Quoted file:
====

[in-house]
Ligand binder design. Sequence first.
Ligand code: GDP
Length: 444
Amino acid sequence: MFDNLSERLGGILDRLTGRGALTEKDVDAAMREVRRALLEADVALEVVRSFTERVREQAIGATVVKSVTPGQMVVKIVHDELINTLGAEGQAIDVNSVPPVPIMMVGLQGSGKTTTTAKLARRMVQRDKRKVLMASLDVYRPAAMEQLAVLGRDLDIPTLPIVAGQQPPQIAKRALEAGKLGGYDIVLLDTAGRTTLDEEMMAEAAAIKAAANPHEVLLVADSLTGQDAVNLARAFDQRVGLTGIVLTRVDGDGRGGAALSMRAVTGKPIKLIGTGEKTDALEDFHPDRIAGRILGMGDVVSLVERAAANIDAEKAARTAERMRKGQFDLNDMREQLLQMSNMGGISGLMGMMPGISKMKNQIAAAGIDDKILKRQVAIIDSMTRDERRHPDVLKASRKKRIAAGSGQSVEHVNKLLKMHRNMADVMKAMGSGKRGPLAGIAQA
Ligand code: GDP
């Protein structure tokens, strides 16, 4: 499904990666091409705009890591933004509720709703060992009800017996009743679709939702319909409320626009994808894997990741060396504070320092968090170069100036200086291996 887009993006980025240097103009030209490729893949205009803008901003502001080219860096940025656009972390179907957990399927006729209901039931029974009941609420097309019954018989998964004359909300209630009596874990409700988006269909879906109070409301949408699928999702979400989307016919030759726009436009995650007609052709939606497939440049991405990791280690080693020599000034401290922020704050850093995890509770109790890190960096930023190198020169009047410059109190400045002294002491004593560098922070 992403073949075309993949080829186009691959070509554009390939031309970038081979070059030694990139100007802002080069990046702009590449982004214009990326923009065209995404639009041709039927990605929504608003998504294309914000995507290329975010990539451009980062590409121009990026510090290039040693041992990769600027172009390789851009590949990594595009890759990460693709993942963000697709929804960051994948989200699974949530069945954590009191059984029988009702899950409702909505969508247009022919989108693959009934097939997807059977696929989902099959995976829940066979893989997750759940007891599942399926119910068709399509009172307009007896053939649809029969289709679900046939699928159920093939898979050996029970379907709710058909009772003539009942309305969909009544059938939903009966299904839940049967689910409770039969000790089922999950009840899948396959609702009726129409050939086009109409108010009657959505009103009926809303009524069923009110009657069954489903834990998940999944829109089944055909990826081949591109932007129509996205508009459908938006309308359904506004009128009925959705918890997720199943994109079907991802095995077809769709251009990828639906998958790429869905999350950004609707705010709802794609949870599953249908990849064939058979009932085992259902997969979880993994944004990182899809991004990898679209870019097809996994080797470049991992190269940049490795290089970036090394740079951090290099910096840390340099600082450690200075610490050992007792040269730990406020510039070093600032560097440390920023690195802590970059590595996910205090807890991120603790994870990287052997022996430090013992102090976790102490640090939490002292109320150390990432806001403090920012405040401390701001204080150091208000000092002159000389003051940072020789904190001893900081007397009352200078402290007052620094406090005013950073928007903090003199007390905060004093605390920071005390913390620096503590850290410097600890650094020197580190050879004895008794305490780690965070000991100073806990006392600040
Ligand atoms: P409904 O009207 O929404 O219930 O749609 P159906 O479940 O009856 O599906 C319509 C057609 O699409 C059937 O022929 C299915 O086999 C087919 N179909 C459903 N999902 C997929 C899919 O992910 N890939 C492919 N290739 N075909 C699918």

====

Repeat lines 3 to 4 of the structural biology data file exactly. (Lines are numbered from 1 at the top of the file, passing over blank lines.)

Ligand code: GDP
Length: 444